It's Alive! 30,000 Year Old Virus Revived


Stephen Luntz

Stephen has a science degree with a major in physics, an arts degree with majors in English Literature and History and Philosophy of Science and a Graduate Diploma in Science Communication.

Freelance Writer

371 It's Alive! 30,000 Year Old Virus Revived
A giant virus has been revived from the Siberian permafrost. Credit: Julia Bartoli & Chantal Abergel; Information Génomique et Structurale, CNRS-AMU
A virus frozen in the Siberian permafrost since the Ice Age has been revived. The virus itself is harmless, but the researchers responsible warn that Global Warming could release more malign lifeforms from the frozen ground
The virus was found at the bottom of a 30m sample collected in Chukotka, East Siberia, and named Pithovirus sibericum. It follows from the discovery that the seeds of plants buried at the same time could be brought to flower.
P sibericum infects amoeba, not humans, and is huge by viral standards. It has 500 genes, while the influenza virus has just eight – proving that when it comes to making you sick, size doesn't matter. At 1.5μm wide it can be seen with an optical microscope, and is the size of small bacteria. The results were reported in PNAS.
P sibericum's large genome makes it a Megaviridae, but it differs substantially from previously known species. The paper's authors, led by husband and wife team Jean-Michel Claverie and Chantal Abergel of Aix-Marseille Université, speculate that the discovery could represent a link between previously known Megaviridae and Iridoviruses, a family of viruses that infect invertebrates and occasionally fish and reptiles. Claverie and Abergel discovered the first supersized virus in 2003 and several others since.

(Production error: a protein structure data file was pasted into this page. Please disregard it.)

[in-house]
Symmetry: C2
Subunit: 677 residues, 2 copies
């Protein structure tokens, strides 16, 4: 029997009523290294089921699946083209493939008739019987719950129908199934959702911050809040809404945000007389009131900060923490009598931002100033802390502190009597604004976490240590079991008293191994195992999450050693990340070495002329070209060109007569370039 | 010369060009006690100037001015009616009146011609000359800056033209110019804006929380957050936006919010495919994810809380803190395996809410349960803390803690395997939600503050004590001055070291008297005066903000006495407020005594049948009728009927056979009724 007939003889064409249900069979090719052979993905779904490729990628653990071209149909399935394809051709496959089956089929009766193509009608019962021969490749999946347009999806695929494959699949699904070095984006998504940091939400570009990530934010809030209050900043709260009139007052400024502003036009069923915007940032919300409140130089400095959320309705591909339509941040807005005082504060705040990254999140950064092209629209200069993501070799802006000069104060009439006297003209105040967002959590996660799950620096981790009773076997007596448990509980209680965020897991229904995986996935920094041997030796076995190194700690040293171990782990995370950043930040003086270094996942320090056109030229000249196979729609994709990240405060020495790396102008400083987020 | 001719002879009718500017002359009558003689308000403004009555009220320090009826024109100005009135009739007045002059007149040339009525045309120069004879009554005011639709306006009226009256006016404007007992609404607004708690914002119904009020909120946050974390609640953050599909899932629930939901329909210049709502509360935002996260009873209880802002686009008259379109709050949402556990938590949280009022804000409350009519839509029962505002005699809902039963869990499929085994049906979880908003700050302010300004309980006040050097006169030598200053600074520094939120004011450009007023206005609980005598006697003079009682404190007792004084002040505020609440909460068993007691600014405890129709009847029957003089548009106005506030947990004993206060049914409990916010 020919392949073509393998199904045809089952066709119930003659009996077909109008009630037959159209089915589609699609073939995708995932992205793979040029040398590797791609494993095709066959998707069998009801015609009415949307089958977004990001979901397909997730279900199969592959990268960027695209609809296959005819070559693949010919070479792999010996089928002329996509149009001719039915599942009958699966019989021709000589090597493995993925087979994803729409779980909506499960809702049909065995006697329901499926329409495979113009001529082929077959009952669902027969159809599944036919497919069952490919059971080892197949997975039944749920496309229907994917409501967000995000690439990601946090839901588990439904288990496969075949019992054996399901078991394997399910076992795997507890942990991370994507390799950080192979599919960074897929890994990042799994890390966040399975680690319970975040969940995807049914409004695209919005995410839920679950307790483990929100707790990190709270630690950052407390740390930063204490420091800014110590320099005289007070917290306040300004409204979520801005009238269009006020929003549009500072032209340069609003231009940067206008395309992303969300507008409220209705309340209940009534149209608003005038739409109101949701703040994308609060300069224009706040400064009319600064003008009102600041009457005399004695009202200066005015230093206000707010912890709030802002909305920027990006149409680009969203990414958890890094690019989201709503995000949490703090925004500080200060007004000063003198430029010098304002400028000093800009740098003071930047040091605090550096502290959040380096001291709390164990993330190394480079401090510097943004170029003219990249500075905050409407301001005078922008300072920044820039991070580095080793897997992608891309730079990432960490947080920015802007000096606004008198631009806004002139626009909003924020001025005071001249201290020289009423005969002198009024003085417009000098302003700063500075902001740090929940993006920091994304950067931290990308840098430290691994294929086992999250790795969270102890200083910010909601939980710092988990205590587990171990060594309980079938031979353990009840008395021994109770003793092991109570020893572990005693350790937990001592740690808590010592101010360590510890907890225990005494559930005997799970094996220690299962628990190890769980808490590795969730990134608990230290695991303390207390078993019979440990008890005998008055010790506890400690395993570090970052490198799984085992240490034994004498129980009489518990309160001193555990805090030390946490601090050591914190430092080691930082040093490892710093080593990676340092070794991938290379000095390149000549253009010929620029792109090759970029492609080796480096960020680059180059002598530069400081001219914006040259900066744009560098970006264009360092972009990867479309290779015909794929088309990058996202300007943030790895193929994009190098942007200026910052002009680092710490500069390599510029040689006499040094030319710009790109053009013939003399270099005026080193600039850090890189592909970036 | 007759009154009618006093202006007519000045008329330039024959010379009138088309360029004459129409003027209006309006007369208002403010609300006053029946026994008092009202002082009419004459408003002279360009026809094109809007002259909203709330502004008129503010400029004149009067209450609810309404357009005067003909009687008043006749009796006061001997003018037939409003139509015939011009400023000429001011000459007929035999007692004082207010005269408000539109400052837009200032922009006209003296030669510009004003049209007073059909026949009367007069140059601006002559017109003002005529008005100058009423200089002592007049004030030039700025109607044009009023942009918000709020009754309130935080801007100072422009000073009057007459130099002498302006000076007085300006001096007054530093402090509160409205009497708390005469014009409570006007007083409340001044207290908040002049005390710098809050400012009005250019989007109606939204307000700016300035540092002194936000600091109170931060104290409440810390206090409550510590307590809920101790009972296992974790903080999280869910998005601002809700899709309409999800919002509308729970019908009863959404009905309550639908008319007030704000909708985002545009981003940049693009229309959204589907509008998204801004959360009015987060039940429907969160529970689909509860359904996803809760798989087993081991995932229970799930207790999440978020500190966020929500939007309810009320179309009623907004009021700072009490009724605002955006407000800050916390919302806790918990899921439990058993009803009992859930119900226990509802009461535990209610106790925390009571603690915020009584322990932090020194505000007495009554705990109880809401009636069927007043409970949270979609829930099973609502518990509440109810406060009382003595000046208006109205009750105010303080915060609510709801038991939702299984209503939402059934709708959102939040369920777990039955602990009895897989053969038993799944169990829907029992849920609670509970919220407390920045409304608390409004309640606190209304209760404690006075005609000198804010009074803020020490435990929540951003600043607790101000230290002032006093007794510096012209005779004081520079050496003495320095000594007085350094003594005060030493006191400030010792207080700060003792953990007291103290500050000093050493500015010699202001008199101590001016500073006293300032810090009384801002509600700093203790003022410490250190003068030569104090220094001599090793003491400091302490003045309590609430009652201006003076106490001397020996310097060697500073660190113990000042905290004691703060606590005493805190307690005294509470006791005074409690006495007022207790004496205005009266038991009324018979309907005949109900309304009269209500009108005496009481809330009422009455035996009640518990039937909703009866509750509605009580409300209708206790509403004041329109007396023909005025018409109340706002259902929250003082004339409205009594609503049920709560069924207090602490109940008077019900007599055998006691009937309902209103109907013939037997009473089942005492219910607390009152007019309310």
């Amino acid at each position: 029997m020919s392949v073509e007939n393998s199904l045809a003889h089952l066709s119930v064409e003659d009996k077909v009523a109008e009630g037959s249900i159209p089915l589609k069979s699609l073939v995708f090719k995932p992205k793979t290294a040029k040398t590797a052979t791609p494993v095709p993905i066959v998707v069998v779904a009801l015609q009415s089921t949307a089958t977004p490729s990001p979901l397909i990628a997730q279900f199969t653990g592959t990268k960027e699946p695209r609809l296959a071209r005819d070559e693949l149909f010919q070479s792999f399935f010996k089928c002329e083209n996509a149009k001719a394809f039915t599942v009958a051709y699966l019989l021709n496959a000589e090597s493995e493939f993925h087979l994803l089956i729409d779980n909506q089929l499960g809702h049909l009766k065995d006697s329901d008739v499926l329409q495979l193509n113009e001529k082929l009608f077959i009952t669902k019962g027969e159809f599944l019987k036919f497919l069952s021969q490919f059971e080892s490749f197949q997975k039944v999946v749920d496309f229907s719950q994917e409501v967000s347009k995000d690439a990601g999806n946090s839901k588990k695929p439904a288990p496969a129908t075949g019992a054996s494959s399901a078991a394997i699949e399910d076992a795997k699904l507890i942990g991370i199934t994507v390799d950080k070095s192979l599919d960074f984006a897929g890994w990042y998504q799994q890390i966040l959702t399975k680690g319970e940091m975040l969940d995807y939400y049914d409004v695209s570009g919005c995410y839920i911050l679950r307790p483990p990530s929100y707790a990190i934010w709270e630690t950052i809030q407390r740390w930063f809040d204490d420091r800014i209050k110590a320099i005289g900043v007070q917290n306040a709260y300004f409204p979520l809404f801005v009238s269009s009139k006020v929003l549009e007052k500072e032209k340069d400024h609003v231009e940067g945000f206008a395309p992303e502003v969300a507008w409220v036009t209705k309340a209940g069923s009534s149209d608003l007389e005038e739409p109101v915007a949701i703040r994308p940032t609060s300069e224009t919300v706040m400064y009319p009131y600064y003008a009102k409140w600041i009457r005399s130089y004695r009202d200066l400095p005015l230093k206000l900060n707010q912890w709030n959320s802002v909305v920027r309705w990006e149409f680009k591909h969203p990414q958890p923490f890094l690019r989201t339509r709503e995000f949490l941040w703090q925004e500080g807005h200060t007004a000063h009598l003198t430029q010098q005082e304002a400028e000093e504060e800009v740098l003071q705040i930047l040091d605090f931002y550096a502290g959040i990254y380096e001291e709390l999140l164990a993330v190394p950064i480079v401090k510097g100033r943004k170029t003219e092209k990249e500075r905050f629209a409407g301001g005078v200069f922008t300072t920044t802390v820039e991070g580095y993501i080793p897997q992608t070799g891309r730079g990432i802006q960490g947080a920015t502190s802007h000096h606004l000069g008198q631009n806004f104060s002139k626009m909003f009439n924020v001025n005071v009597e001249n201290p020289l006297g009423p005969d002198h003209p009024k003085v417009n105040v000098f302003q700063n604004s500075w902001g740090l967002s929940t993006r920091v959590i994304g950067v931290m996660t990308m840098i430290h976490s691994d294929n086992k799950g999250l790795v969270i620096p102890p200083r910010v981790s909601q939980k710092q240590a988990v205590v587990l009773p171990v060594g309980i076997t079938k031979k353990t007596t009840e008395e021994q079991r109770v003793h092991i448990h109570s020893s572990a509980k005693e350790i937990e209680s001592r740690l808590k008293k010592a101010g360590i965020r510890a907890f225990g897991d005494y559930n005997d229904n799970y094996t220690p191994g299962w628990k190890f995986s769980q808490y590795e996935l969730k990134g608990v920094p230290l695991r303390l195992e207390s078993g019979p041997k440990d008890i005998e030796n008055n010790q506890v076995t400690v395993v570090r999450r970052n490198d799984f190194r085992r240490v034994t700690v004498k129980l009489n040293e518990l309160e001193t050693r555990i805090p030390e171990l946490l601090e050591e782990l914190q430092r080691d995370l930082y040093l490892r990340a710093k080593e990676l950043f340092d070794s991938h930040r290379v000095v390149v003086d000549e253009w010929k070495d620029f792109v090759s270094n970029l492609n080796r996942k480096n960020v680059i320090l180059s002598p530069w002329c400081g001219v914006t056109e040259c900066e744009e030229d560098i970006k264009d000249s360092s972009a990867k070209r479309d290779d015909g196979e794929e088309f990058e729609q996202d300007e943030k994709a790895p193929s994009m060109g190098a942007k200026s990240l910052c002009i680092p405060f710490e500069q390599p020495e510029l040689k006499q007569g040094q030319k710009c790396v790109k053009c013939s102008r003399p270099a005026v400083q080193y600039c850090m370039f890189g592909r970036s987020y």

Pithos is the Greek word for containers used to store food and wine, whose shape the virus resembles. “We're French, so we had to put wine in the story,” Claverie told Nature. Even aside from its great age, the Pithovirus has enough unusual features to attract attention. At one end it has a honeycomb structure capping its opening. Where most viruses take over the nucleus of their host's cells to reproduce, this one uses the cytoplasm.
While having a large genome by the standards of most viruses, the Pithovirus has a third as much material as some Megaviridae, despite being even larger spatially. “That huge particle is basically empty,” says Claverie. “We thought it was a property of viruses that they pack DNA extremely tightly into the smallest particle possible, but this guy is 150 times less compacted than any bacteriophage [viruses that infect bacteria]. We don’t understand anything anymore!” 
The French National Centre for Scientific Research (CNRS) warned, that the discovery, “Has important implications for public-health risks in connection with exploiting mineral or energy resources in Arctic Circle regions that are becoming more and more accessible through global warming.”
“The revival of viruses that are considered to have been eradicated, such as the smallpox virus, whose replication process is similar to that of Pithovirus, is no longer limited to science fiction,” the CNRS statement continued. “The risk that this scenario could happen in real life has to be viewed realistically.”